James Scott Argues

POLB 91 Term Essay Q&A

 

Q: How do I write an effective thesis statement?

 

A: Here’s an example of a thesis statement from a top-scoring essay.  You should NOT replicate it (or paraphrase it), as this would constitute plagiarism.

 

In this essay, I will argue that James Scott’s “weapons of the weak” do, in fact, constitute social movements because although they are single episodes, they are part of a set of collective action and are components of longer-lasting action. Those involved are linked to other individuals through ties of solidarity with the intent of achieving a specific goal. Further, beneath their symbolic complacency, there is a propensity of ideological resistance, which frames their resistance.

 

Q: How many references minimum?

 

A: Minimum of 5 academic references.  The top essay last year had 10 academic references.  More important than the number is how you used the reference to support your thesis statement.

 

Q: Do I have to cite other chapters in Scott’s book?

 

A: No, you don’t have to.  However, you may find it helpful to read other chapters to get a clearer idea of what he means by “weapons of the weak”.

Scott’s book is a E-book: http://search.library.utoronto.ca/details?6689188

 

Q: What’s the format for in-text citations?

 

A: (Scott 1985: pg).

 

Q: What’s the format for bibliography?

 

[book]:

Staggenborg, Suzanne. 2012. Social Movements. Oxford: Oxford University Press.

 

[article]:

Thomson, Susan. 2011. “Whispering Truth to Power: The Everyday Resistance of Rwandan Peasants to Post-Genocide Reconciliation.” African Affairs 110 (440): 439-456.

 

Q: How can I jump-start my library research?

 

A: First, review the readings assigned for wk 2 Social Movements.  Next, you may find the following references to be helpful:

 

Bayat, A. 2010. Life as politics. Stanford: Stanford University Press.

 

Staggenborg, Suzanne. 2012. Social Movements. Oxford: Oxford University Press.

 

Mcadam, D., Mccarthy, J. D., & Zald, M. 1996. Comparative perspectives on social

movements. Cambridge: Cambridge University Press.

 

Porta , D. D., & Diani, M. 2006. Social Movements: An Introduction. Malden:Blackwell

Publishing .

 

Tarrow, S. G. 1998. Power in movement. Cambridge: Cambridge University Press.

 

Tilly, C. 2004. Social movements, 1768-2004. Boulder: Paradigm Publishers.

 

 

Bianco, Lucien. 2001. “Weak Weapons.” In Peasants Without the Party: Grass-roots Movements in Twentieth-Century China, 257-273. New York: M.E. Sharpe, Inc.

 

Branford, Sue, and Jan Rocha. 2002. Cutting the Wire: The Story of the Landless Movement in Brazil. London: Latin America Bureau.

 

Giuliano, M. 2013. Food Sovereignty as a Weapon of the Weak? Rethinking the Food Question in Uganda. Food Sovereignty: A Critical Dialogue. 41. International Conference Yale University.

 

Goodwin, J., & Jasper, J. M. 2004. Rethinking socialmovements. Lanham: Rowman &

Littlefield Publishers.

 

Kurzman, C. 2008. Introduction: Mean-making in social movements. Anthropological

Quarterly , 81 (1), 5-15.

 

Kellner, Douglas. 2013. “Media Spectacle, Insurrection and the Crisis of Neoliberalism from the Arab Uprisings to Occupy Everywhere!” International Studies in Sociology of Education 23 (3): 251-272.

 

Ockney, James. 1997. “Weapons of the Urban Weak: Democracy and Resistance to Eviction in Bangkok Slum Communities.” Journal of Social Issues in Southeast Asia 12 (1): 1-25.

 

Thomson, Susan. 2011. “Whispering Truth to Power: The Everyday Resistance of Rwandan Peasants to Post-Genocide Reconciliation.” African Affairs 110 (440): 439-456.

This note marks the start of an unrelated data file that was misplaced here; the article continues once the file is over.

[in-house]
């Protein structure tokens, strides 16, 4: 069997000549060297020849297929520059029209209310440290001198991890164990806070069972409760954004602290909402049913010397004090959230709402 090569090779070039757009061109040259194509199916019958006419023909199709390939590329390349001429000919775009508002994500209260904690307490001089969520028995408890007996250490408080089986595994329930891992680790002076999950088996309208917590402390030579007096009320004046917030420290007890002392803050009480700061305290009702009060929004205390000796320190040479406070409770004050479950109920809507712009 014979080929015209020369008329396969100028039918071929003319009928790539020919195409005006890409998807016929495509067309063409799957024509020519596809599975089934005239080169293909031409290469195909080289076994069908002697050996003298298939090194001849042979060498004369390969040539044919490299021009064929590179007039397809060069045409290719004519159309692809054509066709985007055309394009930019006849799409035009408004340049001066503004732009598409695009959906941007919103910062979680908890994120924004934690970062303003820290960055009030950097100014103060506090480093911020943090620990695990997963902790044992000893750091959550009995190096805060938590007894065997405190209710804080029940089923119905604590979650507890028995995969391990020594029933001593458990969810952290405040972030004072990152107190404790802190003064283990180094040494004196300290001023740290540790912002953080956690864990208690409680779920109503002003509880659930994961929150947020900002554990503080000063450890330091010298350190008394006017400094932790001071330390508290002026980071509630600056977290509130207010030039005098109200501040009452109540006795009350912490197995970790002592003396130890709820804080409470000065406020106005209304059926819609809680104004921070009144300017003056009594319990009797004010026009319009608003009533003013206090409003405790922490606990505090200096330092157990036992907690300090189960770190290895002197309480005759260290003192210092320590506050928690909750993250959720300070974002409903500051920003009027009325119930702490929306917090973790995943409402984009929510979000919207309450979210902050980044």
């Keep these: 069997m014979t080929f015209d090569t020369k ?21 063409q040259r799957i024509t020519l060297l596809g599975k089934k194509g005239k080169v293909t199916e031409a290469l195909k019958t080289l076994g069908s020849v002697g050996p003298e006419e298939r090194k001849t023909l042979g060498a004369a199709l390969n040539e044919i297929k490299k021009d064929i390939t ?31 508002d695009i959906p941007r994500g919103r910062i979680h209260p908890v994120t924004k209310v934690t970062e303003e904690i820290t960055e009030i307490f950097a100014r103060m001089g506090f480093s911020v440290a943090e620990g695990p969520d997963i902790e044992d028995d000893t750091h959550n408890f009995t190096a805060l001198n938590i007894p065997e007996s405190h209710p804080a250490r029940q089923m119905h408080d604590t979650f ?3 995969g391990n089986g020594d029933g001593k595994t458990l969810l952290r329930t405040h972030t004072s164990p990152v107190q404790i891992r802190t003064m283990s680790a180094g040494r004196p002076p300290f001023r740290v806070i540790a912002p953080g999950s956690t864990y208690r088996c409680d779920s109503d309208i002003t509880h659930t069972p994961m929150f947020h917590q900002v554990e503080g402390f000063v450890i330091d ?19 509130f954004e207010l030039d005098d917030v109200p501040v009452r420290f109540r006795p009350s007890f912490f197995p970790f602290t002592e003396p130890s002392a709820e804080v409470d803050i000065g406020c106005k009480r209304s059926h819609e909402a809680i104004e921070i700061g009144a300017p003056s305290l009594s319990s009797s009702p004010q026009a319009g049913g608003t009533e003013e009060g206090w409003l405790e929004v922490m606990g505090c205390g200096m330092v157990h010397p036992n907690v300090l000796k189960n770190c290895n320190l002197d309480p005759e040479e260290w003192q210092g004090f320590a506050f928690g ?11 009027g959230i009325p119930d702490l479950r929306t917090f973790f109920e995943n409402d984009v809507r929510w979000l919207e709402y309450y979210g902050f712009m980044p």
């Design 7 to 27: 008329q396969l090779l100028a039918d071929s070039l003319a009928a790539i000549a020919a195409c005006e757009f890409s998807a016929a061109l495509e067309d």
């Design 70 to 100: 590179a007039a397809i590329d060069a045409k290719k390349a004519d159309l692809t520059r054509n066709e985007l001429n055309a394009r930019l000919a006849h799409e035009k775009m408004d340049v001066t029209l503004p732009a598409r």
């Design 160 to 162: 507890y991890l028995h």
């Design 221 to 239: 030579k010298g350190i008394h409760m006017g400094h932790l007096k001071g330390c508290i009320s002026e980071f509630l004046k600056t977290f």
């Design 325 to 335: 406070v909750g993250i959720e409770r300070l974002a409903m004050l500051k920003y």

POLB 91 Evaluation Criteria for Term Essays

 

Points Definition
A+/A Strong and clear thesis statement

Addresses all three parts of the essay question accurately and logically, demonstrating extensive knowledge of the topic beyond points covered in lectures.

Cited more than 5 additional sources, all of which clearly advance a well argued the thesis.

Grammar/Spelling/Punctuation is flawless.

A-/B+ Strong and clear thesis statement

Answers all three part of the essay question accurately and logically, demonstrating knowledge of the topic beyond points covered in lecture.

Cited 5 additional sources, most of which provide robust support for the thesis.

Minor Grammar/Spelling/Punctuation mistakes.

B/B- Clear thesis statement

Answers most parts of the essay question accurately and logically but does not sufficiently demonstrate knowledge of the topic beyond the points covered in lecture

Cited 5 additional sources, some of which clearly support the thesis but others are not well connected to argument.

Some Grammar/Spelling/Punctuation mistakes.

C+/C Unclear thesis statement

Answers half of the question accurately and logically.

Does not demonstrate knowledge of the topic

Gives less than 5 additional sources to support the argument.

Some of Grammar/Spelling/Punctuation mistakes.

C-D+/D Unclear thesis statement

Answers less than half of the question accurately and logically.

Fails to demonstrate knowledge of the topic

Gives few additional citations and the citations do not support the thesis.

Lots of Grammar/Spelling/Punctuation mistakes.

D-/F Lack of thesis statement altogether

Answers less than half of the question accurately and logically.

Fails to demonstrate knowledge of the topic

Gives few additional citations and the citations do not support the thesis.

Lots of Grammar/Spelling/Punctuation mistakes.

 

 

 

 

 

 

 

Grade Percentage Equivalent Definition
A+

A

A-

90-100

85-89

80-84

Excellent
B+

B

B-

77-79

73-76

70-72

Good
C+

C

C-

67-69

63-66

60-62

Adequate
D+

D

D-

57-59

53-56

50-52

Marginal
F 0-49 Wholly Inadequate

 

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